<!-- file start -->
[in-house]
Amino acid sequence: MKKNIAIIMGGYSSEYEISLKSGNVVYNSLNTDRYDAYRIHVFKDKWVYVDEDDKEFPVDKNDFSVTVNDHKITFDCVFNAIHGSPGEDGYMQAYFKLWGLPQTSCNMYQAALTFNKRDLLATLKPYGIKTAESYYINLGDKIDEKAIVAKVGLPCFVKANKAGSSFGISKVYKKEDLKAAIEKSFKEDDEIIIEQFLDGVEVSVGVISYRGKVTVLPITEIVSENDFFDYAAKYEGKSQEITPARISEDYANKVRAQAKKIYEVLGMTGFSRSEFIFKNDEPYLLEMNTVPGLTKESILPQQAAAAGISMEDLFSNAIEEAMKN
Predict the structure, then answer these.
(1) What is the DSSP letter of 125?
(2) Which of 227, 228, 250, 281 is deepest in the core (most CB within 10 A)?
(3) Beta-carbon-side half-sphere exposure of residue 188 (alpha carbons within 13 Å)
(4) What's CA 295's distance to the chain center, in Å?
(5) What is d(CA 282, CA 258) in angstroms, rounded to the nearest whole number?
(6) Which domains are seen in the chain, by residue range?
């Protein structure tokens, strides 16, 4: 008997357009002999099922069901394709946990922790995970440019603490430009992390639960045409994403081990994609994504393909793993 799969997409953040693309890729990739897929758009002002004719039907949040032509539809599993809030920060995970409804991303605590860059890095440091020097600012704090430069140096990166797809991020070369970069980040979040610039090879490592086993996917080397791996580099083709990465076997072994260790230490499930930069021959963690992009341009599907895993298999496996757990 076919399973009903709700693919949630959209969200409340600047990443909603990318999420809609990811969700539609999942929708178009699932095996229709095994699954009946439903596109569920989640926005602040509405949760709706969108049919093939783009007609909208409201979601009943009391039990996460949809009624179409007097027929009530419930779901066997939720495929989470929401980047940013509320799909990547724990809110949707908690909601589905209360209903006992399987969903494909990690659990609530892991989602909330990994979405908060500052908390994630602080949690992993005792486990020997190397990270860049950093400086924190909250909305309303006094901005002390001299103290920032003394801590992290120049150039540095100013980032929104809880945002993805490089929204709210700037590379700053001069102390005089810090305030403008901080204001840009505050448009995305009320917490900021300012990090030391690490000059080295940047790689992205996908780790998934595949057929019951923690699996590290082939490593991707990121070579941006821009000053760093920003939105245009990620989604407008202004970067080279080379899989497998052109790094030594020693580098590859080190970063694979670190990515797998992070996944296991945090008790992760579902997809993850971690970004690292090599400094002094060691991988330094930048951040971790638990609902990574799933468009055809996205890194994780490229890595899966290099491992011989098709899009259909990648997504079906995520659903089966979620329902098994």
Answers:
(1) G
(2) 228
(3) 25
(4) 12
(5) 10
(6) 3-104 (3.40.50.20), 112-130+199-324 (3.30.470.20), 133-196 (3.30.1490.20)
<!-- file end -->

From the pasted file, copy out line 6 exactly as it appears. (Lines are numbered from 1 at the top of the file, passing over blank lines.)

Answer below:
(3) Beta-carbon-side half-sphere exposure of residue 188 (alpha carbons within 13 Å)